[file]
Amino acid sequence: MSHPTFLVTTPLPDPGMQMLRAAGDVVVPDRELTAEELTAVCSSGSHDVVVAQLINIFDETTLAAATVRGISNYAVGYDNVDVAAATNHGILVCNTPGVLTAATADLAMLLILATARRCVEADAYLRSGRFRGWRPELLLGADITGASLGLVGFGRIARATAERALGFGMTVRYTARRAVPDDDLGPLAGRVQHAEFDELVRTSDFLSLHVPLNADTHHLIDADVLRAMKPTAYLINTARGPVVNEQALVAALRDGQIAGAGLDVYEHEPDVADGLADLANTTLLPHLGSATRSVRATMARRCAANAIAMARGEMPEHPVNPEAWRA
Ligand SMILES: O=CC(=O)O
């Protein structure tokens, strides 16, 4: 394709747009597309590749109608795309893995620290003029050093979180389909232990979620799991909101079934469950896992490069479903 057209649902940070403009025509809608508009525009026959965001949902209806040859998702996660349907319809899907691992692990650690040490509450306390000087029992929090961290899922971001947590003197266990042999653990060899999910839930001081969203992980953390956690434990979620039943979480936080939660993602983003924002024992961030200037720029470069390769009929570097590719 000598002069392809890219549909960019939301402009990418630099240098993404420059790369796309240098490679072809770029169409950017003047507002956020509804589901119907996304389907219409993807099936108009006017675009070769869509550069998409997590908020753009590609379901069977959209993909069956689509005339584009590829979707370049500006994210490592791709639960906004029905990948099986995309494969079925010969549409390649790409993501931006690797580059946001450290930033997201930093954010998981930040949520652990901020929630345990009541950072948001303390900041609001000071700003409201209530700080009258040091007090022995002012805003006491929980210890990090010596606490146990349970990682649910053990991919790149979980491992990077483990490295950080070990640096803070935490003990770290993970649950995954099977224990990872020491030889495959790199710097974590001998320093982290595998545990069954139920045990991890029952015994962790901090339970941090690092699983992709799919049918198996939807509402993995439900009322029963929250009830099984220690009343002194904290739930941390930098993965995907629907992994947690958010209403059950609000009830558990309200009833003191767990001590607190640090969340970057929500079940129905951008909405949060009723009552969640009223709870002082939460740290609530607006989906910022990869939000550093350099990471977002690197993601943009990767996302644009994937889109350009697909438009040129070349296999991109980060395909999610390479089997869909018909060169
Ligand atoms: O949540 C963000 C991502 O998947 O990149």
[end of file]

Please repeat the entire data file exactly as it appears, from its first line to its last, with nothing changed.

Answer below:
Amino acid sequence: MSHPTFLVTTPLPDPGMQMLRAAGDVVVPDRELTAEELTAVCSSGSHDVVVAQLINIFDETTLAAATVRGISNYAVGYDNVDVAAATNHGILVCNTPGVLTAATADLAMLLILATARRCVEADAYLRSGRFRGWRPELLLGADITGASLGLVGFGRIARATAERALGFGMTVRYTARRAVPDDDLGPLAGRVQHAEFDELVRTSDFLSLHVPLNADTHHLIDADVLRAMKPTAYLINTARGPVVNEQALVAALRDGQIAGAGLDVYEHEPDVADGLADLANTTLLPHLGSATRSVRATMARRCAANAIAMARGEMPEHPVNPEAWRA
Ligand SMILES: O=CC(=O)O
């Protein structure tokens, strides 16, 4: 394709747009597309590749109608795309893995620290003029050093979180389909232990979620799991909101079934469950896992490069479903 057209649902940070403009025509809608508009525009026959965001949902209806040859998702996660349907319809899907691992692990650690040490509450306390000087029992929090961290899922971001947590003197266990042999653990060899999910839930001081969203992980953390956690434990979620039943979480936080939660993602983003924002024992961030200037720029470069390769009929570097590719 000598002069392809890219549909960019939301402009990418630099240098993404420059790369796309240098490679072809770029169409950017003047507002956020509804589901119907996304389907219409993807099936108009006017675009070769869509550069998409997590908020753009590609379901069977959209993909069956689509005339584009590829979707370049500006994210490592791709639960906004029905990948099986995309494969079925010969549409390649790409993501931006690797580059946001450290930033997201930093954010998981930040949520652990901020929630345990009541950072948001303390900041609001000071700003409201209530700080009258040091007090022995002012805003006491929980210890990090010596606490146990349970990682649910053990991919790149979980491992990077483990490295950080070990640096803070935490003990770290993970649950995954099977224990990872020491030889495959790199710097974590001998320093982290595998545990069954139920045990991890029952015994962790901090339970941090690092699983992709799919049918198996939807509402993995439900009322029963929250009830099984220690009343002194904290739930941390930098993965995907629907992994947690958010209403059950609000009830558990309200009833003191767990001590607190640090969340970057929500079940129905951008909405949060009723009552969640009223709870002082939460740290609530607006989906910022990869939000550093350099990471977002690197993601943009990767996302644009994937889109350009697909438009040129070349296999991109980060395909999610390479089997869909018909060169
Ligand atoms: O949540 C963000 C991502 O998947 O990149």